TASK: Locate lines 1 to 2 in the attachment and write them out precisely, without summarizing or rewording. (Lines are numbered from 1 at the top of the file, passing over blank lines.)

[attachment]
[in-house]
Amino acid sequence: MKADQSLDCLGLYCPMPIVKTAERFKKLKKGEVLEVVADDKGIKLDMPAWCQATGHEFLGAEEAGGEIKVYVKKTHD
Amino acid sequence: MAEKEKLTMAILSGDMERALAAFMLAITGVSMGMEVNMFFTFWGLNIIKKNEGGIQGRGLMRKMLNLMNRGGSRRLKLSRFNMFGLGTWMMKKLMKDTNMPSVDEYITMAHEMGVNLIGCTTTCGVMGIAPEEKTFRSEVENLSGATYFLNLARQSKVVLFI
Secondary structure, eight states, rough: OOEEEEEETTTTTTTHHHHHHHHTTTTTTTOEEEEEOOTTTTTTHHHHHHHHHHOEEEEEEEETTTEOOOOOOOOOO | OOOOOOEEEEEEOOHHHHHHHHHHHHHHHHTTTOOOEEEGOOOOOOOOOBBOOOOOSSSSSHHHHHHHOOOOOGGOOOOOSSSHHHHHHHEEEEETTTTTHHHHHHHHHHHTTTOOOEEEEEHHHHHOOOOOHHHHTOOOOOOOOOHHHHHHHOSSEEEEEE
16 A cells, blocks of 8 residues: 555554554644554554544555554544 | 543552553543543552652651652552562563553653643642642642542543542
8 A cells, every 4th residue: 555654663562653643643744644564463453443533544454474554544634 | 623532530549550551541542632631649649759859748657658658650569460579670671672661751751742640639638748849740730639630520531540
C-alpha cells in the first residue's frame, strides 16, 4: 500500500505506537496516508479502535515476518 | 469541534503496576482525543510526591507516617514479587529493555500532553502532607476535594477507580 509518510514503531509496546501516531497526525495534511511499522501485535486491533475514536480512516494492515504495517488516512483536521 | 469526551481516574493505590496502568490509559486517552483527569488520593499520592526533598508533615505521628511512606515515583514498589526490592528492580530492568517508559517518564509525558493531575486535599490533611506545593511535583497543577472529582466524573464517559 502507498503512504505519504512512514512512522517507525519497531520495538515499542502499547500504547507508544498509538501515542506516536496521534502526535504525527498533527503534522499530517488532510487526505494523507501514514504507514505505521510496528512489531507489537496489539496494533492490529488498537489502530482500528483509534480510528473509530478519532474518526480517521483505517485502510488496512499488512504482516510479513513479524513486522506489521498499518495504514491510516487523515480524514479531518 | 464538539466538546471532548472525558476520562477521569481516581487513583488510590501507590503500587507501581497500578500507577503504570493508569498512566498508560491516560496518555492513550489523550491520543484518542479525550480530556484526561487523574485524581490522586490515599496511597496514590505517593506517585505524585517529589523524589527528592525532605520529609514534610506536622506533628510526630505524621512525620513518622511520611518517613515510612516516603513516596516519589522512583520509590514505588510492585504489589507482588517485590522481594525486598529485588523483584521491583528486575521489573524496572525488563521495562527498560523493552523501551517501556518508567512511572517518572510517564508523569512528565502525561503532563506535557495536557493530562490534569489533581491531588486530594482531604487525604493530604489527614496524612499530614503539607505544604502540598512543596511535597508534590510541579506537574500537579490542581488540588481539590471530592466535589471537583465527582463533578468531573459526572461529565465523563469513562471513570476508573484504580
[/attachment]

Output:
[in-house]
Amino acid sequence: MKADQSLDCLGLYCPMPIVKTAERFKKLKKGEVLEVVADDKGIKLDMPAWCQATGHEFLGAEEAGGEIKVYVKKTHD